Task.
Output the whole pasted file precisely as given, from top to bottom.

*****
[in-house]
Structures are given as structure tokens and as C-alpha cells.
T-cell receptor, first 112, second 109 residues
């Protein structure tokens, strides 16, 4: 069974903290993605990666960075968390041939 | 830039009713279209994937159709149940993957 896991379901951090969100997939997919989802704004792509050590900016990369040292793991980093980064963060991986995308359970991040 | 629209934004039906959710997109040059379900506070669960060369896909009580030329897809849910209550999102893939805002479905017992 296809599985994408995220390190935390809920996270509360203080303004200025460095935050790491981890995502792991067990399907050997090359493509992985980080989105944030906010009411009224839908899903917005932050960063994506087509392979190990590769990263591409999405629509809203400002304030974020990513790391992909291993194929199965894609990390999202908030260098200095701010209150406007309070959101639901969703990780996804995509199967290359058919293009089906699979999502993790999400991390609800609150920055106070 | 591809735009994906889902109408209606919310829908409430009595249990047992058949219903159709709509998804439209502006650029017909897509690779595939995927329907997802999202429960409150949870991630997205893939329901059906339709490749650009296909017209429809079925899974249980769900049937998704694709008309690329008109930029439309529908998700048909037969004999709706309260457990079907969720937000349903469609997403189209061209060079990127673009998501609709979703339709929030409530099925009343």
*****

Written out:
[in-house]
Structures are given as structure tokens and as C-alpha cells.
T-cell receptor, first 112, second 109 residues
């Protein structure tokens, strides 16, 4: 069974903290993605990666960075968390041939 | 830039009713279209994937159709149940993957 896991379901951090969100997939997919989802704004792509050590900016990369040292793991980093980064963060991986995308359970991040 | 629209934004039906959710997109040059379900506070669960060369896909009580030329897809849910209550999102893939805002479905017992 296809599985994408995220390190935390809920996270509360203080303004200025460095935050790491981890995502792991067990399907050997090359493509992985980080989105944030906010009411009224839908899903917005932050960063994506087509392979190990590769990263591409999405629509809203400002304030974020990513790391992909291993194929199965894609990390999202908030260098200095701010209150406007309070959101639901969703990780996804995509199967290359058919293009089906699979999502993790999400991390609800609150920055106070 | 591809735009994906889902109408209606919310829908409430009595249990047992058949219903159709709509998804439209502006650029017909897509690779595939995927329907997802999202429960409150949870991630997205893939329901059906339709490749650009296909017209429809079925899974249980769900049937998704694709008309690329008109930029439309529908998700048909037969004999709706309260457990079907969720937000349903469609997403189209061209060079990127673009998501609709979703339709929030409530099925009343």